When they were finished, they sat naked, covered with one of the blankets; Cindy asked, “Was that good for you, Billy?”

Billy looked at her with wide eyes and said, “Good? It was way beyond good; it was incredible. I think I’m in love with you, Cindy.”

“Oh, Billy. My silly boy. You’re not in love; you’re in lust. But that’s ok too. Because, you see, this was a test to see if you had what we needed, and believe me, you passed with flying colors.”

“I don’t understand. What do you mean, ‘test?’ And who do you mean by ‘we?’ I’m confused.”

Cindy sighed and said, “Well, I suppose I’d better come clean about a few things, Billy. You see, I’m not really looking to get a job teaching at your school. In fact, I’m technically not really a teacher, or for that matter, I’m not even a college graduate.”

“You’re not?” Billy asked with disappointment obvious in his voice, “I mean, I kinda liked the idea of sneaking around with one of my teachers. It made everything seem… I don’t know, dirtier. The idea was sort of… exciting.”

Cindy looked at Billy with pouting eyes and said, “Does that mean you don’t want me anymore?”

Billy was stunned, “Oh no. It doesn’t mean that at all. I want you plenty.”

Cindy looked under their blanket and said, “It certainly looks like you do.”

Later, after another half hour of the Chevy rockin’ and rollin’, Cindy said, “There’s something I need to tell you, Billy. It’s something you might have trouble wrapping your head around, but it’s very important.”

“Ok. Sure, what is it?”

“Well, you know how you enjoy reading those comic books with the space girls running around dressed all sexy, with their boobs practically hanging out?”

Billy found himself blushing again, “Um… yeah.”

“How would you feel if I told you that I was actually not from Earth but was from another world?”

“You mean like another planet?”

“No, Billy. I mean like another universe, light years from Earth.”

Billy looked at Cindy in awe and said, “I suppose I might think that was cool. I might be a bit freaked for a while, but it would still be really cool.”

“Then I suppose you’ll have to prepare to be freaked because the truth is, I am from another planet in a universe far from Earth.”

Billy realized despite his desire to think otherwise, he actually believed her. It helped to explain the strange hypnotic thing she did to Brad and his friends. He said, “I don’t understand. Why are you here, and why are we here doing this?”

“It’s like this, Billy. Our planet is in trouble. All of the males on our planet have died off, either through war, old age, illness, or misfortune. Now we are unable to reproduce. We searched space to find a race of beings physically close enough to ours and found that Earth had males capable of impregnating us and allowing our race to carry on.”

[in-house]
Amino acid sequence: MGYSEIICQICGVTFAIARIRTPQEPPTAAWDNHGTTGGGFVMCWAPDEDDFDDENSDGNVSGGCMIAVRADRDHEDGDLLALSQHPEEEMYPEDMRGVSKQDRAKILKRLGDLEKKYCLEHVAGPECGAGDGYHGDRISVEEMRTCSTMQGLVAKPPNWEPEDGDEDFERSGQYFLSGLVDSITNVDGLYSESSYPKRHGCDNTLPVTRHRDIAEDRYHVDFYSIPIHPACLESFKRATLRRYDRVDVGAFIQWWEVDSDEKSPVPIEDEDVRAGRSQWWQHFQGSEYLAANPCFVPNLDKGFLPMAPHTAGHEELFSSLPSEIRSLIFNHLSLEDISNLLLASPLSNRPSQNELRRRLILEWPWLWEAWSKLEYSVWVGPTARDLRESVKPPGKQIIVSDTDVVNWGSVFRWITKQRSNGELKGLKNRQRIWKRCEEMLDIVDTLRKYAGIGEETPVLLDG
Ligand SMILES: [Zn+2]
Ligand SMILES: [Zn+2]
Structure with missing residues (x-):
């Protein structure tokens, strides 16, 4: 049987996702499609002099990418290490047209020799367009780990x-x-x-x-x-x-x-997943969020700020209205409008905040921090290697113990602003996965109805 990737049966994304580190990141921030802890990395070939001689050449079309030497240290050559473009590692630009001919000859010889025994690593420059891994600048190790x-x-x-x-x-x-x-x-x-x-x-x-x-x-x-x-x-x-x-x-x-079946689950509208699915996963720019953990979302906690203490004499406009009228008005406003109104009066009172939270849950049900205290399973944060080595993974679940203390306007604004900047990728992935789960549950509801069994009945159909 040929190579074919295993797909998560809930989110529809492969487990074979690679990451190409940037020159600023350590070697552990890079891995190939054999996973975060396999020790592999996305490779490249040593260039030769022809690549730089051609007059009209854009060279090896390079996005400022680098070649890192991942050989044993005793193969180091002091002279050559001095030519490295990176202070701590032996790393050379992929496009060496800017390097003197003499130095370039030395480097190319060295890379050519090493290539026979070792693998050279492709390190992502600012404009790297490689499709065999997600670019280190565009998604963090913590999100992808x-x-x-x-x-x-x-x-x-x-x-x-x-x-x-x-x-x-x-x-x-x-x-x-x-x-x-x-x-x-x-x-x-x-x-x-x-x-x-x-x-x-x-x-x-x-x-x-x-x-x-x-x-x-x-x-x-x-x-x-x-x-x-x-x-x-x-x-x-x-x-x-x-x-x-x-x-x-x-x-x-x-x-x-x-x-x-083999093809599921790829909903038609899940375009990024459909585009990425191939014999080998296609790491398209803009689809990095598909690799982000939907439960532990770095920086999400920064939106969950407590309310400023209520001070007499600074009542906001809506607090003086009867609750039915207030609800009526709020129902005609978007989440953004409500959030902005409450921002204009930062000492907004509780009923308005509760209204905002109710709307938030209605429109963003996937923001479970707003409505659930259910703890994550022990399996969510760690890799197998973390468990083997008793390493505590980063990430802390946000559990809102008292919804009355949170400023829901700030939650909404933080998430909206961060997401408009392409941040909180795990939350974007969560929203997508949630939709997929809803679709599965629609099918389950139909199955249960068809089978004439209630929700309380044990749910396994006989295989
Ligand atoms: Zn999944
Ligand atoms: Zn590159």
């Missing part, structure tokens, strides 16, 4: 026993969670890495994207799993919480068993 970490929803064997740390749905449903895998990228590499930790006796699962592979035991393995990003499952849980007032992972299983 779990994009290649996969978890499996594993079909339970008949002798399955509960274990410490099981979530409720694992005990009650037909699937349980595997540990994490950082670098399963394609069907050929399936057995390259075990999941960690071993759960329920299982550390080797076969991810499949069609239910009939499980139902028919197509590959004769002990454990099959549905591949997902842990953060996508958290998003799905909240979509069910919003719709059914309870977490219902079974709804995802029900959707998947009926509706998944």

“But why me? Why not some big strapping guy like Brad back there? I’m just a weak, nerdy guy. Why would you want me?”

“Those overly masculine types are just like our previous males. They always end up fighting and killing each other. If we were to bring back those types of men, we would be in this same situation all over again.”

“Bring back? Does that mean what I think it means?” Billy asked with concern in his voice.

“Look, Billy. It’s not that we would kidnap you or anything. We want you to return to our will with us voluntarily.”

“There’s that ‘we’ again,” Billy said. 

Just then, an identical Chevy Bel Air pulled up behind Cindy’s car, turned off its headlights and engine, and Billy heard two car doors open and close. Cindy opened her door and slid out from under the blanket, standing naked in the moonlight. Billy got out as well but kept himself wrapped in the blanket.

Two of the most gorgeous women he had ever seen slowly walked toward him and Cindy. They were clad only in see-through sheer gowns, which left nothing to the imagination. They smiled seductively at Billy, and he was surprised to find he was as smitten with them as he had been with Cindy. Obviously, Cindy knew these women, and Billy realized she had been expecting them.

“Is this Billy?” One of the girls asked.

“Yes, this is him,” Cindy replied.

“Did he measure up to the task required?” The second girl asked.

“Oh yes,” Cindy said, “And then some. And I should say most energetically.”

The first girl smiled and said, “May I test his capabilities now?”

Cindy turned to Billy and said, “Billy, sweetie, would you mind doing what we did in the car with Mindy here? She would like to make sure you meet our requirements.”

Billy couldn’t believe his ears, “You mean you’re ok with Mindy and me… you know… doing it? You won’t be jealous?”

 “Oh no, Billy. As I said, we are here on a mission to find males to help repopulate our planet. As much as I like you, I can’t let jealousy get in the way of saving our species.”

“Well then,” Billy said, “Let the festivities continue.”

Billy and Mindy climbed into the back seat, and the festivities did, indeed, continue. While they were in the back of the car, Cindy spoke quietly with the other woman who, for this mission, went by the name Lindy.